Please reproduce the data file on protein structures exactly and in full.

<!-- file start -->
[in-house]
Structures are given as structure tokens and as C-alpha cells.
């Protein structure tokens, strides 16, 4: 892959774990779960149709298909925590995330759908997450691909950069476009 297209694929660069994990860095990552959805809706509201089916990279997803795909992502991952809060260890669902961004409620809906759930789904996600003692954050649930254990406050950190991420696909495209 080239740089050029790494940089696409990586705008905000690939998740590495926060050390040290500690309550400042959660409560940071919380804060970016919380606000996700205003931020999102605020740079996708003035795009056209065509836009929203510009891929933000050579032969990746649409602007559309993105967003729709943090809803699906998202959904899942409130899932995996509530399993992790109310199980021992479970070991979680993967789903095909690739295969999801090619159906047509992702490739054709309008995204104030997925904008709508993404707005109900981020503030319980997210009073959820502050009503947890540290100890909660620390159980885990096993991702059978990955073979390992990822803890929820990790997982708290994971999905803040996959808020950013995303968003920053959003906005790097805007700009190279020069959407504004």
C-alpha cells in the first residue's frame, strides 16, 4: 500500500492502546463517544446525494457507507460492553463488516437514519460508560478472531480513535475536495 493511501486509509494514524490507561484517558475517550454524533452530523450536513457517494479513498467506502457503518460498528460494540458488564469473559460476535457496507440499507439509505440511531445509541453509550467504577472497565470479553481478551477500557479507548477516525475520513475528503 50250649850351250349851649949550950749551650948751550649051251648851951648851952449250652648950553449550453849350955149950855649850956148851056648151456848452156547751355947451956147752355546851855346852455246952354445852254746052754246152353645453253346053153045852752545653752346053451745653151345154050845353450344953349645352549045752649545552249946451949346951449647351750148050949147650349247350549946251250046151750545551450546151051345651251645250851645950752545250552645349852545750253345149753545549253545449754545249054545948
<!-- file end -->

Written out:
[in-house]
Structures are given as structure tokens and as C-alpha cells.
């Protein structure tokens, strides 16, 4: 892959774990779960149709298909925590995330759908997450691909950069476009 297209694929660069994990860095990552959805809706509201089916990279997803795909992502991952809060260890669902961004409620809906759930789904996600003692954050649930254990406050950190991420696909495209 080239740089050029790494940089696409990586705008905000690939998740590495926060050390040290500690309550400042959660409560940071919380804060970016919380606000996700205003931020999102605020740079996708003035795009056209065509836009929203510009891929933000050579032969990746649409602007559309993105967003729709943090809803699906998202959904899942409130899932995996509530399993992790109310199980021992479970070991979680993967789903095909690739295969999801090619159906047509992702490739054709309008995204104030997925904008709508993404707005109900981020503030319980997210009073959820502050009503947890540290100890909660620390159980885990096993991702059978990955073979390992990822803890929820990790997982708290994971999905803040996959808020950013995303968003920053959003906005790097805007700009190279020069959407504004």
C-alpha cells in the first residue's frame, strides 16, 4: 500500500492502546463517544446525494457507507460492553463488516437514519460508560478472531480513535475536495 493511501486509509494514524490507561484517558475517550454524533452530523450536513457517494479513498467506502457503518460498528460494540458488564469473559460476535457496507440499507439509505440511531445509541453509550467504577472497565470479553481478551477500557479507548477516525475520513475528503 50250649850351250349851649949550950749551650948751550649051251648851951648851952449250652648950553449550453849350955149950855649850956148851056648151456848452156547751355947451956147752355546851855346852455246952354445852254746052754246152353645453253346053153045852752545653752346053451745653151345154050845353450344953349645352549045752649545552249946451949346951449647351750148050949147650349247350549946251250046151750545551450546151051345651251645250851645950752545250552645349852545750253345149753545549253545449754545249054545948